It is a remarkable statement isn’t it?  And that is the difficulty, at least for me.  Is Jesus saying here that the way we treat the down and out people of our world, the marginalized, the poor, the mentally ill, the physically handicapped, the homeless, those whom society would look away from in shame, embarrassment or contempt is the way we treat Him?  Is Jesus saying that we should treat prisoners with the same respect, as we would offer to Him?  We here, as do Christians around the world, literally laud and honor Christ.  We rightly praise His Holy name and give thanks for His love, peace and light that He gives to the world.  I personally cannot imagine what it would be like to not have the presence of the Holy Spirit in my life.  How do I – we – even begin to thank God for that?           So, is Jesus really saying that how we behave toward the messy, unkempt homeless man who hangs out at the corner near where we live is the same as the way we treat him?  Lets take it to its logical conclusion.  Is Jesus saying that if we walk by this man, if we look askance at him and give him a glance of contempt, if we ignore him and pay him no mind, let alone give him no food or drink, that we are doing the same thing to the Son of God?  The unmistakable, unequivocal, unambiguous answer is yes, we are.  That is exactly what Jesus is saying here.  Don’t be fooled by the talk of sheep and goats in this message.  This is not a parable with multiple meanings.  This is a pronouncement statement, and as such Jesus is telling us with a clarity that should snap both the body and the mind to attention that no one is to get left behind, no one is to be put aside and no one is to be disdained because of who or what they are.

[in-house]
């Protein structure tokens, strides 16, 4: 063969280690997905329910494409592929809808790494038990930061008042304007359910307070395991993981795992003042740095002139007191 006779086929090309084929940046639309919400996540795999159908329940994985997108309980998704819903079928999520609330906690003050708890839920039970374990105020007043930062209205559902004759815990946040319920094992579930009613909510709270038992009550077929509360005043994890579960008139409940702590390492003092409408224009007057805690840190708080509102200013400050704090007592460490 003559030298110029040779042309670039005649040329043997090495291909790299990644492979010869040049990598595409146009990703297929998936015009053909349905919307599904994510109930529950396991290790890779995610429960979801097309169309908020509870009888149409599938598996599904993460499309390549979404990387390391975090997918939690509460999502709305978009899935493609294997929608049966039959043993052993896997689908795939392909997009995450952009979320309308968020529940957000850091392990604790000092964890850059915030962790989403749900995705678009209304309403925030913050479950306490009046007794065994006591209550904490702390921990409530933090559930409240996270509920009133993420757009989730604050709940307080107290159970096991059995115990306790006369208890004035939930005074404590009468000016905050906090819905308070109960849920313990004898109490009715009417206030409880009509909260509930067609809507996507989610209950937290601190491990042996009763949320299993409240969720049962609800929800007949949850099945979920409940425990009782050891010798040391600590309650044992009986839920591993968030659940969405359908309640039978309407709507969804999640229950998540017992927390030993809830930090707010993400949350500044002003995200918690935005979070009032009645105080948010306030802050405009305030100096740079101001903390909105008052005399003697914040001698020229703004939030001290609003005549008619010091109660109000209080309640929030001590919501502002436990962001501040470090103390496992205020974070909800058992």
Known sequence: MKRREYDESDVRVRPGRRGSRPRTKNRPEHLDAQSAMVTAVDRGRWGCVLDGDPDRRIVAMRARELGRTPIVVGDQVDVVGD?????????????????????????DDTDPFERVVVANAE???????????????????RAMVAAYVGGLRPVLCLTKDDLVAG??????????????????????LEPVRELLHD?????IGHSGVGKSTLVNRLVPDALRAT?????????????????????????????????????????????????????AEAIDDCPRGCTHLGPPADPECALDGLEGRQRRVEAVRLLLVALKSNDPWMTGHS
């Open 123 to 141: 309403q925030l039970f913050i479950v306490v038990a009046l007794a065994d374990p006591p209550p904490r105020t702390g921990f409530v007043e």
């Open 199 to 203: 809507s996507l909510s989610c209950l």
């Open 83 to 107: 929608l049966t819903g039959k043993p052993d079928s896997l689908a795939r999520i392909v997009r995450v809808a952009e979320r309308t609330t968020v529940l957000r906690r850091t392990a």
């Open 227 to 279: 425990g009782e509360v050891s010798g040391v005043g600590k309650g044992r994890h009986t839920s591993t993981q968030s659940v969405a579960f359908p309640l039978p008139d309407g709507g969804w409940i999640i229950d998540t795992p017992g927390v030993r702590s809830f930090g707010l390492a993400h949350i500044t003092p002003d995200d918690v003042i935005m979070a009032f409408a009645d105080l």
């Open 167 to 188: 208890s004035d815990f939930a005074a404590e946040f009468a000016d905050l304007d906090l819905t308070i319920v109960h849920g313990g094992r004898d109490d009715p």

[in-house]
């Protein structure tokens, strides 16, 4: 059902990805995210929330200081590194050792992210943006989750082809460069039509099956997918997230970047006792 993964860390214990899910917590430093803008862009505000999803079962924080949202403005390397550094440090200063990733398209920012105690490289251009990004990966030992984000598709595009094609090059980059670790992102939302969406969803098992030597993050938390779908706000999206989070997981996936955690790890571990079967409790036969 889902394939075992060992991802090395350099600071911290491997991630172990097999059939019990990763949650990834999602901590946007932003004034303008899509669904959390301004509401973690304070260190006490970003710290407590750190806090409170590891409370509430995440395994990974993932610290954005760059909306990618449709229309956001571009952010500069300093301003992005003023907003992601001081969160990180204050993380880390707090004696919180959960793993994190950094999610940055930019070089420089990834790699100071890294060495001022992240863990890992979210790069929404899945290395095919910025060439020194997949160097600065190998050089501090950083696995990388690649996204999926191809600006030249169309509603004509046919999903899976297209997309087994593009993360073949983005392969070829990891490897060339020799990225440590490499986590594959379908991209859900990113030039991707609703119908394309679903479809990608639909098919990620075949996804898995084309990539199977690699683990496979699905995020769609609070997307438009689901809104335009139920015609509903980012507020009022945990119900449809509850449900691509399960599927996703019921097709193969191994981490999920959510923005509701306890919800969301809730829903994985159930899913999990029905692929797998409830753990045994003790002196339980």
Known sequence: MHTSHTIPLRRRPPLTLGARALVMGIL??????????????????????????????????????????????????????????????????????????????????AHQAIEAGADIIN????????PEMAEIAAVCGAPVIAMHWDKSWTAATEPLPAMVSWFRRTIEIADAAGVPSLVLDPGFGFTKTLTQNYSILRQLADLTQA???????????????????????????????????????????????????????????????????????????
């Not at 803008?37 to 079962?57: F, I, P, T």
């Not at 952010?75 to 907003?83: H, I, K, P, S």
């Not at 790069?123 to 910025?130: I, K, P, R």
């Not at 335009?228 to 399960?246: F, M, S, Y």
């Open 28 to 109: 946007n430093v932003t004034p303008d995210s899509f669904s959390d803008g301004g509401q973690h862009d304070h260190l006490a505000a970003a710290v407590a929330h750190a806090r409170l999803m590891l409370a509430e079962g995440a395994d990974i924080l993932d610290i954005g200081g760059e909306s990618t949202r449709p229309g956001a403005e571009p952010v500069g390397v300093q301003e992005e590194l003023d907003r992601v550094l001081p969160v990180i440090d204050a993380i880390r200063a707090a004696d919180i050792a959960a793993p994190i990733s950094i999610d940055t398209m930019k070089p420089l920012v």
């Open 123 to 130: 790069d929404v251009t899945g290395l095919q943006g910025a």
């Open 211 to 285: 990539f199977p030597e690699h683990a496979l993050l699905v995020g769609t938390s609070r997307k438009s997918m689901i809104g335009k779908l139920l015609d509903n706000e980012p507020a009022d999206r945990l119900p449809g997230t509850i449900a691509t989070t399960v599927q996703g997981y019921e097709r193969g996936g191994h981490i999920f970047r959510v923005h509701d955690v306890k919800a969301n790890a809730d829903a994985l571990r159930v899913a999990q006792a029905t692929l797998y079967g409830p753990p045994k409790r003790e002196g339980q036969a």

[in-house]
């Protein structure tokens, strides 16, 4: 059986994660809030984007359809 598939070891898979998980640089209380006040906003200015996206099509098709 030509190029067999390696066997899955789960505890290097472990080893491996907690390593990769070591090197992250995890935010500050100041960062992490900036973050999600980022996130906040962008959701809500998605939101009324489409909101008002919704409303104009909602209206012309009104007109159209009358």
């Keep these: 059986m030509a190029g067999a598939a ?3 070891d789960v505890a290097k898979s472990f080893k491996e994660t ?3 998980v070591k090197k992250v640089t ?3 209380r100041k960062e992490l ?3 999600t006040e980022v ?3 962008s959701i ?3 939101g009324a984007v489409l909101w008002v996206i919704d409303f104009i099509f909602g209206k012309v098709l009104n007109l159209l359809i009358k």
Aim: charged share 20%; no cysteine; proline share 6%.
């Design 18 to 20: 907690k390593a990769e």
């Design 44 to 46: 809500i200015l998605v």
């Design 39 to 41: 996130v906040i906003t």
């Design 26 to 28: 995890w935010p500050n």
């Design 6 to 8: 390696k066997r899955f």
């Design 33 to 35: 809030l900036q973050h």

So - end of sermon?  Well, it could be.  I have stated what I think this passage is about and given to you the message I think Jesus wants to convey.  But, there is more.  In fact, we are just beginning to look at the hard part.  Given that we are called to let no one go without love and care what exactly are we supposed to do?  I gave this quite a bit of thought.  I looked at this passage from Matthew very carefully.  It is a different kind of message than the one about the rich young man who asks Jesus what he should do in order to follow Him.  In that story Jesus tells the young man to sell all he has and give it to the poor and then follow him.  The young man could not do it; he could not give up his wealth and so he just went away. 

          That is not what Jesus is saying here.  That’s another sermon.  What Jesus is saying here is don’t walk past a stranger and look down on them, don’t ignore people who are lonely, don’t give up the opportunity to help those who need help even if all you can do to help is give them one cup of clean water or one can of food, and don’t ever miss the chance to extend to someone else the dignity and love they deserve as a child of God.  That is something that with some work I think we can all achieve, but it does take some work, for you and for me.  And what is the nature of that work?  What do we have to do?  As I was preparing this sermon I kept thinking of the small passage in Luke where Jesus says, “Don’t hide you lamp under a jar, put it on the lamp stand so that others may see your light”.  Then I thought of this quote that I love written by Marianne Williamson in her book Return To Love.  Perhaps you have heard it before – it is worth hearing again.

Our deepest fear is not that we are


Our deepest fear is that we are powerful

         beyond all measure.

 It is our light

not our darkness that most frightens us.

 We ask ourselves: who am I to be brilliant,

gorgeous, fabulous?

Actually, who are you not to be?

 You are a child of God.

Your playing small does not serve the world.

There is nothing enlightened about shrinking

So that other people won’t feel insecure around you.